Google has blocked access to the Wired reports.'s movie download rental service for any rooted device,
Users who have unlocked the standard Android operating systems to give them full administrative privileges will now be greeted with a terse error message if they try to download a movie from the store.
Google offers a short and far from sweet explanation to this complaint: "I see 'Failed to fetch license for [movie title] (error 49)' when I try to download a movie."
Its response: "You'll receive this 'Error 49' message if you attempt to play a movie on a rooted device. Rooted devices are currently unsupported due to requirements related to copyright protection."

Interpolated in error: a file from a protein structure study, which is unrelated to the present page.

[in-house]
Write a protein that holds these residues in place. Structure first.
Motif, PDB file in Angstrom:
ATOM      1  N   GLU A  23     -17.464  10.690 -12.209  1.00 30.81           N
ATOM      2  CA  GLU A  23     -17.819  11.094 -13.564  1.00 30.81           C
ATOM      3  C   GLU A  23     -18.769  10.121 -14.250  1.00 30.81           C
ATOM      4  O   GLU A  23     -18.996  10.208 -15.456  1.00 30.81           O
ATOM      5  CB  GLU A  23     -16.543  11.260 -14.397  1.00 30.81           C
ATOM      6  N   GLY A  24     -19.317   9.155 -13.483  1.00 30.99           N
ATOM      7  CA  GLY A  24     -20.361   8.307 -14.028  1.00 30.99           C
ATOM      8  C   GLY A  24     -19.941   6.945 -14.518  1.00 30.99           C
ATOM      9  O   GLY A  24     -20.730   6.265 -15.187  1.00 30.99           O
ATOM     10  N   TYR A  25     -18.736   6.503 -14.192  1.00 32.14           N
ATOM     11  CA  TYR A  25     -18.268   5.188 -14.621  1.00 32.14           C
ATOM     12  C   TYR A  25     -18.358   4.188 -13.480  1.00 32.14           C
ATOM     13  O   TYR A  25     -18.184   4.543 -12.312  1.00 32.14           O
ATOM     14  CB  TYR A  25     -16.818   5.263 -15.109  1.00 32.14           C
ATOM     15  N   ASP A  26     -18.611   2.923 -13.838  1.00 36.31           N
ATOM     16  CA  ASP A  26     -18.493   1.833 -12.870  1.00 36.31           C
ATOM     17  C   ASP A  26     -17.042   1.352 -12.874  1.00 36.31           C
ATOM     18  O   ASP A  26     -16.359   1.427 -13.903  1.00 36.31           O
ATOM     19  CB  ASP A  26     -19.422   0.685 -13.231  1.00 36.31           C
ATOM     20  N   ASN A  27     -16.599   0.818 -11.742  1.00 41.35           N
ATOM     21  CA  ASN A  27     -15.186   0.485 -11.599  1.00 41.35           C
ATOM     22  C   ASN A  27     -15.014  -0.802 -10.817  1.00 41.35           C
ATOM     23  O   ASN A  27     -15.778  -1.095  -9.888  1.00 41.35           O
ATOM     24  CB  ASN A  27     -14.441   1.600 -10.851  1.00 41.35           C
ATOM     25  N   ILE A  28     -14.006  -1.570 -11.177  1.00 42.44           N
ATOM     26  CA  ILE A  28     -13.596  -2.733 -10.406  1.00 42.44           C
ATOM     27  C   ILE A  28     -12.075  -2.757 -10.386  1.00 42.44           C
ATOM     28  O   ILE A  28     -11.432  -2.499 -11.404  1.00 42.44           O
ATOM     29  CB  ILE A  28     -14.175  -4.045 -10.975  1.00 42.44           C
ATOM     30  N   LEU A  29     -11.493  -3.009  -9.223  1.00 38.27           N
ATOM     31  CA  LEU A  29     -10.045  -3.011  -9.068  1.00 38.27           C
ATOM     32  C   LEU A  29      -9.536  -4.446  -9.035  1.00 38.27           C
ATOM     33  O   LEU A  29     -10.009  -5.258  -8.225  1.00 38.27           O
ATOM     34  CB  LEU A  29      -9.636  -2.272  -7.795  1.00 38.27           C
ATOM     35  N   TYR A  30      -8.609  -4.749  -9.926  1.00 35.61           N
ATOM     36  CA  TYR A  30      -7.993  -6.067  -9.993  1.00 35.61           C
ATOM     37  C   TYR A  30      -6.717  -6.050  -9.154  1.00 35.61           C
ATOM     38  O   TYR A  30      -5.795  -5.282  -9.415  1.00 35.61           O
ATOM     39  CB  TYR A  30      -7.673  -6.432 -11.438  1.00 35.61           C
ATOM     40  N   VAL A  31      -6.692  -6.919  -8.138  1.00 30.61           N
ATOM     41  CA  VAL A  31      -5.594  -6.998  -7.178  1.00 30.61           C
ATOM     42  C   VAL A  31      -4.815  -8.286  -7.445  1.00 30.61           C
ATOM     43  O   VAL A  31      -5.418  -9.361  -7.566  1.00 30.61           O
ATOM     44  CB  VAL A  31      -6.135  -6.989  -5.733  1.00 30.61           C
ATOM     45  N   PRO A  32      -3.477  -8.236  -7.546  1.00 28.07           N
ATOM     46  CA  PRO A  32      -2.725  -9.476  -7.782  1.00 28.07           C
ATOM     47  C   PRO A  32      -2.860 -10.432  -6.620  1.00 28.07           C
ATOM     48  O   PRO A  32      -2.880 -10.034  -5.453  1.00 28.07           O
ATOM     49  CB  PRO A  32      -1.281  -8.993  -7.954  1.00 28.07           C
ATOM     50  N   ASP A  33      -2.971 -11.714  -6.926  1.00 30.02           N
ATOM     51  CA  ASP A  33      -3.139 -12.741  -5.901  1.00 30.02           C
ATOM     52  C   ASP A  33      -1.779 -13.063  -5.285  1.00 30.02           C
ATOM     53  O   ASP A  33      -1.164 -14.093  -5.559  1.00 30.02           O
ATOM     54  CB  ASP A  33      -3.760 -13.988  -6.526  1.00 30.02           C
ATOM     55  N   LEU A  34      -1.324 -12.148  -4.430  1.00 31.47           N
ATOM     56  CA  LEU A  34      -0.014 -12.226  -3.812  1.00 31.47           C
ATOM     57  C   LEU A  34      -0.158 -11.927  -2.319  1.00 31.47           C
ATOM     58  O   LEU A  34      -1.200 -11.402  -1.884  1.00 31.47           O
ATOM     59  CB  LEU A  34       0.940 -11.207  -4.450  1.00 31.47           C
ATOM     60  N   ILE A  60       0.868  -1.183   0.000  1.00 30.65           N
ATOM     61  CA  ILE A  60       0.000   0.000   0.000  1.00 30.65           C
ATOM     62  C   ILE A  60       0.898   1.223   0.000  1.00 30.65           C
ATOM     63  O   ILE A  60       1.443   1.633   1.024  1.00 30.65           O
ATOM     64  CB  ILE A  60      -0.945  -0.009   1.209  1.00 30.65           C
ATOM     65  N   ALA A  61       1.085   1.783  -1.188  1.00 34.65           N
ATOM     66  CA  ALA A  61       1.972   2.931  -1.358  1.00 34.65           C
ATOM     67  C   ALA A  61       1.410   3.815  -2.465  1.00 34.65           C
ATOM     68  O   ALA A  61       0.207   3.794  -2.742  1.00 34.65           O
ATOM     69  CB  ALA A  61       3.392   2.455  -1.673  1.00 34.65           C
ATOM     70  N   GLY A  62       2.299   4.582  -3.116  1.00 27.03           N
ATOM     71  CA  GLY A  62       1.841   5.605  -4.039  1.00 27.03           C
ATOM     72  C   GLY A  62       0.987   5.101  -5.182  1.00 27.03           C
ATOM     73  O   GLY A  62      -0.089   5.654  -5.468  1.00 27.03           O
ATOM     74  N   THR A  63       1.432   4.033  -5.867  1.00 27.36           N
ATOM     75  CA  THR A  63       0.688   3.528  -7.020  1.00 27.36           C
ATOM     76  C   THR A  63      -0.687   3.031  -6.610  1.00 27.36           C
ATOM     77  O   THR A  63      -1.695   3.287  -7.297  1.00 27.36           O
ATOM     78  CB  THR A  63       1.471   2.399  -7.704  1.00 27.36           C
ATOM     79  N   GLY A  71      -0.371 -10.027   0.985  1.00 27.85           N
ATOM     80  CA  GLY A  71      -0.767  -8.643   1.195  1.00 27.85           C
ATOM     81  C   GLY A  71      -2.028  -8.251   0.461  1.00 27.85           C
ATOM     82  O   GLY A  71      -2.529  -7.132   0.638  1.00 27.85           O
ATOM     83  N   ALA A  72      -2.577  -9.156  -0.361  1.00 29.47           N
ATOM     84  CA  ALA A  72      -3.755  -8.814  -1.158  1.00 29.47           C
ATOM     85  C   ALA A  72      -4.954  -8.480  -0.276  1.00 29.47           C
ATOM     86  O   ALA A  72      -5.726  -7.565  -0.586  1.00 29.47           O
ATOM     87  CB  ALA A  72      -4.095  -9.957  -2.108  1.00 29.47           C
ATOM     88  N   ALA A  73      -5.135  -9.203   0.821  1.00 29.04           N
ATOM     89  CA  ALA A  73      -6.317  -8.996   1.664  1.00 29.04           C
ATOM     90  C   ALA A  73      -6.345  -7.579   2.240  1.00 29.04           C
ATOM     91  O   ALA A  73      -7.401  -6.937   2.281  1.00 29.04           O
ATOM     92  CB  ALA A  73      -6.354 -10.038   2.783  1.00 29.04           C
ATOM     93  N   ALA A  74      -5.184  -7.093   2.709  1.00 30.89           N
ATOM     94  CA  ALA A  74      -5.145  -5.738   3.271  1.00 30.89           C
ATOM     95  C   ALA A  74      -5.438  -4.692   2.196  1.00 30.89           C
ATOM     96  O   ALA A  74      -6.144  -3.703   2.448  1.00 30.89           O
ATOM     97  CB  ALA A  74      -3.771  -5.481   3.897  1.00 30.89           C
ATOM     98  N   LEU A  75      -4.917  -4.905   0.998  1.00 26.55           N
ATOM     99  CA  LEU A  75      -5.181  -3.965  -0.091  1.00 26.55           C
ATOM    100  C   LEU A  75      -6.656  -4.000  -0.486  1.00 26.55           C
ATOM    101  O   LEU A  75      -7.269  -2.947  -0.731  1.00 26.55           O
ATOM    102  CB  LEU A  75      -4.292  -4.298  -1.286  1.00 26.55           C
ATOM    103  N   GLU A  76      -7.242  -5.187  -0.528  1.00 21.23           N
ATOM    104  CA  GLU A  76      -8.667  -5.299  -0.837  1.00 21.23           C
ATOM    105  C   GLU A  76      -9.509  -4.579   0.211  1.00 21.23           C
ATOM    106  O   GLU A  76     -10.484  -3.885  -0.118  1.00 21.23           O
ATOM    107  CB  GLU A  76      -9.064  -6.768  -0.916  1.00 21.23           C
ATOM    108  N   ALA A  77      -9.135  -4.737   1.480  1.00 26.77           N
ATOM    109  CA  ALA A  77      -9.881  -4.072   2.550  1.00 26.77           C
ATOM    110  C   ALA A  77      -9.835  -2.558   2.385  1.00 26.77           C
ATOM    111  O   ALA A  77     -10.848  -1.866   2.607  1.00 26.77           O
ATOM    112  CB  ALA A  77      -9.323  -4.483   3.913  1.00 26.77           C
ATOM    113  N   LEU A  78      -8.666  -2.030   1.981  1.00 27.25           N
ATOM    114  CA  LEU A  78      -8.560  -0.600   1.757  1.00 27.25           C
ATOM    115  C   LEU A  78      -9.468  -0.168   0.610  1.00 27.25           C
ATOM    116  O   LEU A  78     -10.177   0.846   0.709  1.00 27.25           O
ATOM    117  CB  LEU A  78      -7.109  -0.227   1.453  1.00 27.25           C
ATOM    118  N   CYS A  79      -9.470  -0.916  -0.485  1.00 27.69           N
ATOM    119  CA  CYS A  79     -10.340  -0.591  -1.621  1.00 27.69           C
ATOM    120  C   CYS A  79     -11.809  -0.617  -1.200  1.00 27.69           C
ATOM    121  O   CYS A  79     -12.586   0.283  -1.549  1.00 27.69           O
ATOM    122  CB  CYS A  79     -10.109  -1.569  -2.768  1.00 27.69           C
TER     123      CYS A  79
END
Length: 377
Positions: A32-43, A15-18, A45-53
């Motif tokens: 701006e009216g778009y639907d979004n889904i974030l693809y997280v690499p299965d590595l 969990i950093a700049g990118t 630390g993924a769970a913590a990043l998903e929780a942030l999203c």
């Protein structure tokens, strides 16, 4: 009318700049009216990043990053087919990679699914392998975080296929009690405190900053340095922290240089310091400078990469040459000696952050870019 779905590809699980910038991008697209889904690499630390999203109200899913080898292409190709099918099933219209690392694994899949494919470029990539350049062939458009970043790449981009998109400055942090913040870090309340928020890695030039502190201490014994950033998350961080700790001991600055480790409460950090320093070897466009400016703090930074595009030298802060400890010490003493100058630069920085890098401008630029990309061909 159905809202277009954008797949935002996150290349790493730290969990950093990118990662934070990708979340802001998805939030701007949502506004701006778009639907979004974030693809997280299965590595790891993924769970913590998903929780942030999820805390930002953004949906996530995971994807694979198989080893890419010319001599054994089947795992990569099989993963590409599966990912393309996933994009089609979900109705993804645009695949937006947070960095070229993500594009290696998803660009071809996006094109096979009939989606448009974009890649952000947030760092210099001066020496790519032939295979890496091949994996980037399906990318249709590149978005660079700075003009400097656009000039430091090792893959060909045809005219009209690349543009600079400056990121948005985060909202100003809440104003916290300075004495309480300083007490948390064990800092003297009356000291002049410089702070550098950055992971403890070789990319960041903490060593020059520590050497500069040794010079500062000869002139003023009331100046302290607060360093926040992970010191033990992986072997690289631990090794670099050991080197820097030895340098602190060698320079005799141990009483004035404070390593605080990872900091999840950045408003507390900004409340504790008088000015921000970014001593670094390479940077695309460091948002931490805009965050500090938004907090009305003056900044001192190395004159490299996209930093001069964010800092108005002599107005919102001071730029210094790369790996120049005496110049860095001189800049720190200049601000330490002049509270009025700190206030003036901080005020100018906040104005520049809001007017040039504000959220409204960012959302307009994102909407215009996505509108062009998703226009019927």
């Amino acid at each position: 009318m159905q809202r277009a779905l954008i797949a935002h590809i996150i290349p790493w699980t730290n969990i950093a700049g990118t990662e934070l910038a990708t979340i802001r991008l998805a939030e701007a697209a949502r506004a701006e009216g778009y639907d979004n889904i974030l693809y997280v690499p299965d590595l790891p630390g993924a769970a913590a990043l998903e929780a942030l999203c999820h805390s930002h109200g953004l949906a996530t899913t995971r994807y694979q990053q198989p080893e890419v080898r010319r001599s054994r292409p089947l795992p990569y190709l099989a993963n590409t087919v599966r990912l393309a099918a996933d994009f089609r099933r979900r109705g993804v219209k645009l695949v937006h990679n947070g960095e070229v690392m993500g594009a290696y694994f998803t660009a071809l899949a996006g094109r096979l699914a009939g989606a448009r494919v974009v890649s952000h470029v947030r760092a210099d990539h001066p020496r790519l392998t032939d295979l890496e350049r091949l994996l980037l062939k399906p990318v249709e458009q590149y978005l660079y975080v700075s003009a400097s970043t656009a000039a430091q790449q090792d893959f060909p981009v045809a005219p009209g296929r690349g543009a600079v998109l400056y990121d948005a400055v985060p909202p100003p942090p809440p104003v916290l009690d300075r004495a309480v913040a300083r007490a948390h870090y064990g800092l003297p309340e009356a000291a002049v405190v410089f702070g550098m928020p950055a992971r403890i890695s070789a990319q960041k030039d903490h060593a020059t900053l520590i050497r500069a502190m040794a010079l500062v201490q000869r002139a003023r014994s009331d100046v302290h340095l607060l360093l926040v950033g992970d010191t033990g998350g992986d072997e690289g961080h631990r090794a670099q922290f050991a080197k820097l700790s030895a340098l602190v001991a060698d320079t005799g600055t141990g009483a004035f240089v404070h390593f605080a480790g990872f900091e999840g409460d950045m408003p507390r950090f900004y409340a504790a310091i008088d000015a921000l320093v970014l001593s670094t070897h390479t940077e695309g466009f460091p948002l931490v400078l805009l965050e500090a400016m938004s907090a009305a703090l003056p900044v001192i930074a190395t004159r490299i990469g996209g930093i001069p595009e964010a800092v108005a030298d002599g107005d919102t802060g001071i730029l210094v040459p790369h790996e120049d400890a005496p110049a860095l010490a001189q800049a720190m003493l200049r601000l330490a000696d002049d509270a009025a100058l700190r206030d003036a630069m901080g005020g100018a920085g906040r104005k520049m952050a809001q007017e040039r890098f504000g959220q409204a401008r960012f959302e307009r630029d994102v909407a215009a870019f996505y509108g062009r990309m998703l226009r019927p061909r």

It's those dinosaurs in the movie studios, stomping and bellowing again. Still living in the pre-days when they had almost complete control over when, where and how punters watched films, they believe their digital rights management ( ) systems are vital to protecting their content.
Movie studios are worried that users of rooted Android devices will be creating bootleg DVDs to sell in the local pub. Ironically, it's those who are technically savvy enough to root their devices who would be most likely to find a way to circumvent this protection. Most anti-DRM activists simply want to enjoy the content they've purchased on any device, at any time, in any way, without restriction. The films in the Android Market aren't unique, and those who really want to copy them will find higher quality, unprotected copies elsewhere -- without paying for them in the first place.
Most Android users won't notice anything as they're behaving themselves and using the standard OS. UK users will notice even less, as we don't have access to the movie service at all. Still, it's the principle, and both sides believe they're right. It's unlikely the studios are going to back down any time soon.